El próximo 18 de Noviembre, presentamos en la Escuela de Neogocios Novancia de París el siguiente paper.
Transcending the Transaction: From Distributive and Integrative to Trans-Generational Negotiations.
Dr. Habib N Chamoun
University of St Thomas Cameron School of Business
Cameron School of Business
4414 Pine Breeze Dr
Kingwood, TX 77345
United States of America
Francisco Rabadan, Universidad Rey Juan Carlos
Randy D Hazlett, University of Tulsa
Raquel Ibar Alonso, Universidad San Pablo CEU
Abstract. In this paper, we identify a type of negotiation beyond the well-documented distributive and integrative categories in which the negotiators transcend the transaction and break away from the paradigms of individualism, which dictates that the only possible way to achieve success is by manipulating others, and personal gain, emphasizing selfishness. Traditionally negotiation literature covers the distributive (win-loose) and the integrative negotiations (win-win) (Fisher & Ury 1991, Patton 2005, Zartman & Berman 1982, Lewicki et al. 2007, Schneider and Honeyman 2009, Druckman et al. 1982, Raiffa 1982). However, the vision of negotiation needs to be rethought in light of human virtues (Peiper, 2003) such as fortitude, justice, prudence, temperance, and discernment.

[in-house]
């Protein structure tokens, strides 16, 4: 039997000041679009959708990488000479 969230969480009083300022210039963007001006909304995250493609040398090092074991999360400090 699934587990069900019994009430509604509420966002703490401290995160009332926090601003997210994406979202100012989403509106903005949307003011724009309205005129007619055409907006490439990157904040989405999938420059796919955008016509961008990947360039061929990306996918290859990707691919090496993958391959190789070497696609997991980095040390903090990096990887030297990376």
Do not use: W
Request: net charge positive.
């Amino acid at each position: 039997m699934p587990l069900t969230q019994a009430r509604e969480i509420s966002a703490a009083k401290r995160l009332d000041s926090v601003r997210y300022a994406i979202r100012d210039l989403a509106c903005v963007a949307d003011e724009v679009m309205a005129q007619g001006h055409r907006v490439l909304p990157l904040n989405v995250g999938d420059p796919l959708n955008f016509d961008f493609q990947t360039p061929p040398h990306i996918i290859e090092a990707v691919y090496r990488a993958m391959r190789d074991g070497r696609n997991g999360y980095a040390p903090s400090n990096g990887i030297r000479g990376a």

A negotiation can only be transcendent by recognizing the human dimension of other, prioritizing being over having, respecting the dignity of others, honouring agreements and maintaining the power of the word. Negotiations conducted in this manner have the potential to extend benefits to future generations.
A statistical analysis of an opinion poll based upon 5000 homes in Spain from the CIS (Centre of Sociological Research of Spain) was used to find out what are the characteristics of groups that transcend. In the analysis, four factors (Spiritual happiness, negotiating power, interpersonal ethics, institutional ethics) and two variables (level of interpersonal trust, degree of self-empowerment) were used to form respondents identity groups (free riders, passer-by’s, pretenders, equilibrated well-positioned, outraged, equilibrated mediocre, and fighters). We observed from the statistical data the following:
• A general tendency for the groups that transcend to be more attached to good ethical behaviours with respect to both people and institutions.
• For all groups, with exception of the pretenders, transcendence increases with the degree of interpersonal trust.
• Since transcendence is directly proportional to happiness, we believe the pretenders feign happiness because their levels of happiness are higher than the rest, and we infer they don’t like to reveal that they are unhappy, since they value more position and connections than their own hard work.
Keywords: Transcendent Negotiations, Ethics, Trust, Resilience and Happiness